Irony is used in many everyday situations to great effect. One of the most common ones around here is entering a building on a rainy day and saying "What beautiful weather we're having." Your response it the equivalent of replying "No, we're not. Look, it's raining!"

Of course, to understand this, you would have to know the context, that is, have read the original posting or even the article. Since this is Slashdot, I'll assume that this is the real root of the problem.

Re:A short primer on the manifold uses of irony (3, Insightful)

x2A (858210) | more than 8 years ago | (#14947299)

One of the worst things about Slashdot is dealing with the subset of people who have no sense of humor

It's not always the fault of the recipient for a 'joke' not being got, before you get carried away with the insults. Play nicely. (Condescending's not nice either, huh)

--
Digital media players (UK) [crispywater.com]

Well.... Duh (2, Interesting)

Anonymous Coward | more than 8 years ago | (#14946928)

Everyone here knows it. I buy more music now, not less. And I'm a huge P2P user. I don't buy or even listen to anything from a major label. I don't care if my boycott has any political significance. It's a personal choice. I'm done supporting them. I'm indifferent to whether they survive or not. So I pretty much stopped in to reiterate the obvious. Since it's early in the thread and all... I also like buying used CDs, electronic trance etc from ebay and places like that. Stuff that didn't have huge production runs and are out of print and can't be purchased new. And my mp3 collection otherwise is stuff I wouldn't buy or couldn't find on CD...

No kidding. (2, Interesting)

AWhiteFlame (928642) | more than 8 years ago | (#14946936)

Most audiophiles are not going to have a giant music library of all pirated music and have 0 CDs or purchased media.

Personally, the only time I use gnutella or such is when I need a copy of a song without DRM for whatever reason. I already have the song on CD or from iTunes.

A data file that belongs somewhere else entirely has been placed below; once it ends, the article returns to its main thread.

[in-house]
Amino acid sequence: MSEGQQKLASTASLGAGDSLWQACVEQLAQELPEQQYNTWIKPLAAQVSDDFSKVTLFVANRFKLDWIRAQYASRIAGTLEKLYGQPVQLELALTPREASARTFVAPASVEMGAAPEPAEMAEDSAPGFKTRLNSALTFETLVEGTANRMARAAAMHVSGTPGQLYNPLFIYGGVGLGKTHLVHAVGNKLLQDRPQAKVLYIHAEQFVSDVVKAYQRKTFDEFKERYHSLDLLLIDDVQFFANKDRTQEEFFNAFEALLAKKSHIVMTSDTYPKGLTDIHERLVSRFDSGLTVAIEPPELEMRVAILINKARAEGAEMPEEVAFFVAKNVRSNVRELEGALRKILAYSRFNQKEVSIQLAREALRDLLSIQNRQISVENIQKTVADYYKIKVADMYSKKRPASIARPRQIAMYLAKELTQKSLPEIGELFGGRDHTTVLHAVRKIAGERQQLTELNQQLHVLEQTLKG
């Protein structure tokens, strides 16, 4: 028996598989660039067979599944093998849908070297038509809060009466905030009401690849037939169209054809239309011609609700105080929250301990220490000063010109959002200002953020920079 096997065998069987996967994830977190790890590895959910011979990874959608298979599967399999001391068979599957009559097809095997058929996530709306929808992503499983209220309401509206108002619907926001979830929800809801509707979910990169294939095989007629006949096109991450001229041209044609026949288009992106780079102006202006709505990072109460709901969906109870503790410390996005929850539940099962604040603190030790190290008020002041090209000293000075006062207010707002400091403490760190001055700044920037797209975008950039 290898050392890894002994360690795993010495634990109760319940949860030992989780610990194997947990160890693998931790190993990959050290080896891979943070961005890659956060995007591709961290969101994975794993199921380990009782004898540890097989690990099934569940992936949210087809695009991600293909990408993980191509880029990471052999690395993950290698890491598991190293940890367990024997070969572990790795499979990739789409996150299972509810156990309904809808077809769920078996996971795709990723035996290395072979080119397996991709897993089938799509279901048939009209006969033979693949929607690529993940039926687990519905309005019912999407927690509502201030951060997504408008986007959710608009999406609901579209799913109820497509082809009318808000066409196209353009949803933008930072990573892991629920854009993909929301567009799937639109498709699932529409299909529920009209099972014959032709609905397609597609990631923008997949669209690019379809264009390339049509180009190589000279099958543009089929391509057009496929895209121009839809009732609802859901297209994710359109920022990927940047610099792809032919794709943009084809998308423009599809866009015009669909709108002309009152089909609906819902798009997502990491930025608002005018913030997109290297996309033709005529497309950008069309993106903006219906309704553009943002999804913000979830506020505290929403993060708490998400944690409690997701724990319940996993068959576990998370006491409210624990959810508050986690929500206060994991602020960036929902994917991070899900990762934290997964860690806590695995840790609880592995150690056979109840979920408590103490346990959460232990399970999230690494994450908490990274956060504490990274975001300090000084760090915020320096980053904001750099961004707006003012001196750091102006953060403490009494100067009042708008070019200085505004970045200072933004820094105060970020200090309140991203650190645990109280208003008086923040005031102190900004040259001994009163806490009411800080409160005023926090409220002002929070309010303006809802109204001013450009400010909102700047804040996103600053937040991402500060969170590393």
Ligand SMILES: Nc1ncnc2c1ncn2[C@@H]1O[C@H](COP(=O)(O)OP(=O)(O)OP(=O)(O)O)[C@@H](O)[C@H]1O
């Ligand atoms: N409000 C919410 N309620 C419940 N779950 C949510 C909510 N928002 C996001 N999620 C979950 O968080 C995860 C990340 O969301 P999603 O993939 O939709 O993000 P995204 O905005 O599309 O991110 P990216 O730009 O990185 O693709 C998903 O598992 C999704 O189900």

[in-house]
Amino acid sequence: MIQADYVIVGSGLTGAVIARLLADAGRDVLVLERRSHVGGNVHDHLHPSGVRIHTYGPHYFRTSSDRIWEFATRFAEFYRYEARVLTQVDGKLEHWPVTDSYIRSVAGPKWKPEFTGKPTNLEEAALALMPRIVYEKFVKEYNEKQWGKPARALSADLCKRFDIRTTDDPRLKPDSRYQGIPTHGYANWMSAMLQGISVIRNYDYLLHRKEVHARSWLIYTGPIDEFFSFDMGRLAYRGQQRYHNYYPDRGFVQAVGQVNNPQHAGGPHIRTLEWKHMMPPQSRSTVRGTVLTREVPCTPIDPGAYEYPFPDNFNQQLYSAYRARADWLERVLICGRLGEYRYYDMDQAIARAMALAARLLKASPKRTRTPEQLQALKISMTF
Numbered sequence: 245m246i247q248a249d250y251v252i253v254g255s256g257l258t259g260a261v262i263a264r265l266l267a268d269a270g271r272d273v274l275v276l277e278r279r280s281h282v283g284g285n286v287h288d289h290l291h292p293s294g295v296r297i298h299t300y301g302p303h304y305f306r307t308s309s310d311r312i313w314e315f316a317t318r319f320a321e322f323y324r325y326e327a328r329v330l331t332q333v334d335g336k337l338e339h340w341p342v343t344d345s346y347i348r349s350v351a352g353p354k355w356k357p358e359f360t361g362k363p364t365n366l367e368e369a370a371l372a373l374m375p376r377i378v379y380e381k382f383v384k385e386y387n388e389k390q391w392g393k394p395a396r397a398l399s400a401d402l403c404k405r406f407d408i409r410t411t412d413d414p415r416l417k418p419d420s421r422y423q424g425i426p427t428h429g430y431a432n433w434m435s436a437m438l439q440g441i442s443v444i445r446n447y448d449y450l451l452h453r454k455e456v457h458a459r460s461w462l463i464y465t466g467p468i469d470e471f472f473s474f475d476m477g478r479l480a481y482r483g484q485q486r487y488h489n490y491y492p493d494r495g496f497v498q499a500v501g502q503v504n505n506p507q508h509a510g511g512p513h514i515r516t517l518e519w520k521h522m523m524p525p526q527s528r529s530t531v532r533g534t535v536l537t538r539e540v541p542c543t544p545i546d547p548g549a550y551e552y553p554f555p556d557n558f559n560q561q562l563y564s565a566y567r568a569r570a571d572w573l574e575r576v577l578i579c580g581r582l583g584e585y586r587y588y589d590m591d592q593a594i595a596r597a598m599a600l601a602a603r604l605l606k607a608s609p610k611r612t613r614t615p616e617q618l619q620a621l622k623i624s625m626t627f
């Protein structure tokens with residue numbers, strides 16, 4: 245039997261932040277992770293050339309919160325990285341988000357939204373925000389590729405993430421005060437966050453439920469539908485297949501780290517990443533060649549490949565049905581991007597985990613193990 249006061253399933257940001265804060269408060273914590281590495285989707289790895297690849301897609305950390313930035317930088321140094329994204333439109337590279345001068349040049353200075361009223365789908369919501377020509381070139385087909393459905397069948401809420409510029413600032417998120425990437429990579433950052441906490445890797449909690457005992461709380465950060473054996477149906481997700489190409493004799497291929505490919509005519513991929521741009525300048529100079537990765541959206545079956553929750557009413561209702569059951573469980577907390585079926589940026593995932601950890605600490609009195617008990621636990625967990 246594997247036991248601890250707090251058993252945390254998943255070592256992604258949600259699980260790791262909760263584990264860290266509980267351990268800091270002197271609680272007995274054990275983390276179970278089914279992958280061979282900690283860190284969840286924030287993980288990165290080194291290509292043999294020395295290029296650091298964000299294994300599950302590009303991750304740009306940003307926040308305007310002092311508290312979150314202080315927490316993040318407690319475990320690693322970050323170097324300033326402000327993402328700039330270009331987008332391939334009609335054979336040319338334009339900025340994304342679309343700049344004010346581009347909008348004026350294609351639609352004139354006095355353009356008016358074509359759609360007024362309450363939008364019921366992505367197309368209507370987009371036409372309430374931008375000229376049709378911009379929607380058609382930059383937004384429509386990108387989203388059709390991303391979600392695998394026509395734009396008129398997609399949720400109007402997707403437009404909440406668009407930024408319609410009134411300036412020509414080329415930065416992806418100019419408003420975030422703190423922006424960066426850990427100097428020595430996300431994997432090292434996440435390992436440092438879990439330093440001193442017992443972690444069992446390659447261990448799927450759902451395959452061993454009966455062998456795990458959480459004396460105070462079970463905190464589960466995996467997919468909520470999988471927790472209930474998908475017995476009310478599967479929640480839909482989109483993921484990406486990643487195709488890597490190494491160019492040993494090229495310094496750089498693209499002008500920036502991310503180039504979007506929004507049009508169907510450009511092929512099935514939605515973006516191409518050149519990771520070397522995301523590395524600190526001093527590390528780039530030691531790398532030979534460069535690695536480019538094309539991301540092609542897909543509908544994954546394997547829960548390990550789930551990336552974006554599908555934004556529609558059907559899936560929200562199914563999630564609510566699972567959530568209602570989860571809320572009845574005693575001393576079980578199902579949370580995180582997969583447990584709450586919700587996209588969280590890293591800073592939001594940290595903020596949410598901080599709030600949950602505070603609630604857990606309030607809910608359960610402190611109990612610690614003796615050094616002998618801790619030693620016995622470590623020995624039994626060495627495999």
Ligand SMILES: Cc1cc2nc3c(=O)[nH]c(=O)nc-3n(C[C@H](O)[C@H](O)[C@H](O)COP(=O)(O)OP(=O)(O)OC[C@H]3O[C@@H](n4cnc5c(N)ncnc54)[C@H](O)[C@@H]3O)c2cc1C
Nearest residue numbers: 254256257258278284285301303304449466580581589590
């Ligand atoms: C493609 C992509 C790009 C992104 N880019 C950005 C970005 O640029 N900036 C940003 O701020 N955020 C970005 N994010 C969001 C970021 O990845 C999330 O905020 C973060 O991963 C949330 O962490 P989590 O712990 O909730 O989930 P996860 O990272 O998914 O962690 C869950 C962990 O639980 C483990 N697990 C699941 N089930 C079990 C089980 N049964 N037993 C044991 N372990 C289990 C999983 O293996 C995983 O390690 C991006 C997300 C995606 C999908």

This study is pretty much redundant. This has been said again and again. But not that the RIAA [is going/wants] to listen.

Re:No kidding. (1)

x2A (858210) | more than 8 years ago | (#14947326)

This study is pretty much redundant

Only, as with any study, to those already in the know. The people at the top with the "power" who are doing the suing, passing laws, and spreading the fud, are blatently not in the know (one hopes; if they're not in the know, they're impressionable and manipulated, if they are in the know, they're just bitter and corrupt).

Otherwise it's just p2peers denying damaging sales, which the RIAAsses can respond "of cause they're say that, they don't wanna get in trouble", which can sound pretty convincing.

Proof (even statistical) of what you know is always better than just knowing it when there are people shouting that you're wrong.

--
Ever notice the less someone knows, the louder they know it?

LCD/TV/Monitors (UK) [crispywater.com]

Re:No kidding. (1)

MooUK (905450) | more than 8 years ago | (#14947759)

The fact that matters about this study is that it is one by the industry groups themselves. And that is near enough a first to matter.

The OBVIOUS (3, Interesting)

us7892 (655683) | more than 8 years ago | (#14946938)

It seems so obvious. It always has been obvious.

Except, I do remember a colleague of mine filling half the available diskspace on my company computers with Napster music downloads back in 2000. He was racing to beat the crackdown. He burned a lot of CD's from that frenzy of music downloads...